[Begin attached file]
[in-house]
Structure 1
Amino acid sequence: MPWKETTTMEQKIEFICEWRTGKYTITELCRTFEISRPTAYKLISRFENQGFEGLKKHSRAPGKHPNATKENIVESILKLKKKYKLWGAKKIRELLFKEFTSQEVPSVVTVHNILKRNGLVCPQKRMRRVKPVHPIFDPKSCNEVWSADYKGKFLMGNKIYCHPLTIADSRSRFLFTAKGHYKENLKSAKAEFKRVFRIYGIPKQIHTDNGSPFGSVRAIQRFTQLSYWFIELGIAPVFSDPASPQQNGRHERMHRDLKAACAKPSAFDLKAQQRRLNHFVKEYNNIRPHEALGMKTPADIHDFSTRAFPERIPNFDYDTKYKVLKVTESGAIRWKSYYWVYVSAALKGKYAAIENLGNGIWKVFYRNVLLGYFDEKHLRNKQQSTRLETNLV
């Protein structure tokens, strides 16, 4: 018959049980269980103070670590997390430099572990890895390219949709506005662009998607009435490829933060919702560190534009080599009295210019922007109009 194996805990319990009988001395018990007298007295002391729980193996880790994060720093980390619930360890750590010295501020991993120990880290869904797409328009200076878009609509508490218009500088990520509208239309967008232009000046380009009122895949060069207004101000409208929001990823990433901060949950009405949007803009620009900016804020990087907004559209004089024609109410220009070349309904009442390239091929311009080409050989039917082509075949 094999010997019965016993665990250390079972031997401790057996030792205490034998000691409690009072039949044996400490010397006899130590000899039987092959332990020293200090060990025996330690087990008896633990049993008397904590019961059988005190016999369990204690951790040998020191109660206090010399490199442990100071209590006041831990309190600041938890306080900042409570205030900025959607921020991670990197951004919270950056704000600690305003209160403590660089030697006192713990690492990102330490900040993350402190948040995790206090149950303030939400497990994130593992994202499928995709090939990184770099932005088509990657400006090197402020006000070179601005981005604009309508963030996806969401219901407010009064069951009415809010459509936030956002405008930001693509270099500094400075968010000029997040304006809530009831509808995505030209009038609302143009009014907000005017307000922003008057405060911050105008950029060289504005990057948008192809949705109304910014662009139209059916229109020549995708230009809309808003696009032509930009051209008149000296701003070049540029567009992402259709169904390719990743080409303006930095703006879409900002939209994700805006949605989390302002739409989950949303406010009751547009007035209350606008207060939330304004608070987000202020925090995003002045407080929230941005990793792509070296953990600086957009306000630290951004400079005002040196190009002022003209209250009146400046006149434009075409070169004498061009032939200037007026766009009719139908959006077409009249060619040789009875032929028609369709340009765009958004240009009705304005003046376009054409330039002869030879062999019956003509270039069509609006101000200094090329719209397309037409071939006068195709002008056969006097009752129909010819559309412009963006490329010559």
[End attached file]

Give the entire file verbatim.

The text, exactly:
[in-house]
Structure 1
Amino acid sequence: MPWKETTTMEQKIEFICEWRTGKYTITELCRTFEISRPTAYKLISRFENQGFEGLKKHSRAPGKHPNATKENIVESILKLKKKYKLWGAKKIRELLFKEFTSQEVPSVVTVHNILKRNGLVCPQKRMRRVKPVHPIFDPKSCNEVWSADYKGKFLMGNKIYCHPLTIADSRSRFLFTAKGHYKENLKSAKAEFKRVFRIYGIPKQIHTDNGSPFGSVRAIQRFTQLSYWFIELGIAPVFSDPASPQQNGRHERMHRDLKAACAKPSAFDLKAQQRRLNHFVKEYNNIRPHEALGMKTPADIHDFSTRAFPERIPNFDYDTKYKVLKVTESGAIRWKSYYWVYVSAALKGKYAAIENLGNGIWKVFYRNVLLGYFDEKHLRNKQQSTRLETNLV
């Protein structure tokens, strides 16, 4: 018959049980269980103070670590997390430099572990890895390219949709506005662009998607009435490829933060919702560190534009080599009295210019922007109009 194996805990319990009988001395018990007298007295002391729980193996880790994060720093980390619930360890750590010295501020991993120990880290869904797409328009200076878009609509508490218009500088990520509208239309967008232009000046380009009122895949060069207004101000409208929001990823990433901060949950009405949007803009620009900016804020990087907004559209004089024609109410220009070349309904009442390239091929311009080409050989039917082509075949 094999010997019965016993665990250390079972031997401790057996030792205490034998000691409690009072039949044996400490010397006899130590000899039987092959332990020293200090060990025996330690087990008896633990049993008397904590019961059988005190016999369990204690951790040998020191109660206090010399490199442990100071209590006041831990309190600041938890306080900042409570205030900025959607921020991670990197951004919270950056704000600690305003209160403590660089030697006192713990690492990102330490900040993350402190948040995790206090149950303030939400497990994130593992994202499928995709090939990184770099932005088509990657400006090197402020006000070179601005981005604009309508963030996806969401219901407010009064069951009415809010459509936030956002405008930001693509270099500094400075968010000029997040304006809530009831509808995505030209009038609302143009009014907000005017307000922003008057405060911050105008950029060289504005990057948008192809949705109304910014662009139209059916229109020549995708230009809309808003696009032509930009051209008149000296701003070049540029567009992402259709169904390719990743080409303006930095703006879409900002939209994700805006949605989390302002739409989950949303406010009751547009007035209350606008207060939330304004608070987000202020925090995003002045407080929230941005990793792509070296953990600086957009306000630290951004400079005002040196190009002022003209209250009146400046006149434009075409070169004498061009032939200037007026766009009719139908959006077409009249060619040789009875032929028609369709340009765009958004240009009705304005003046376009054409330039002869030879062999019956003509270039069509609006101000200094090329719209397309037409071939006068195709002008056969006097009752129909010819559309412009963006490329010559």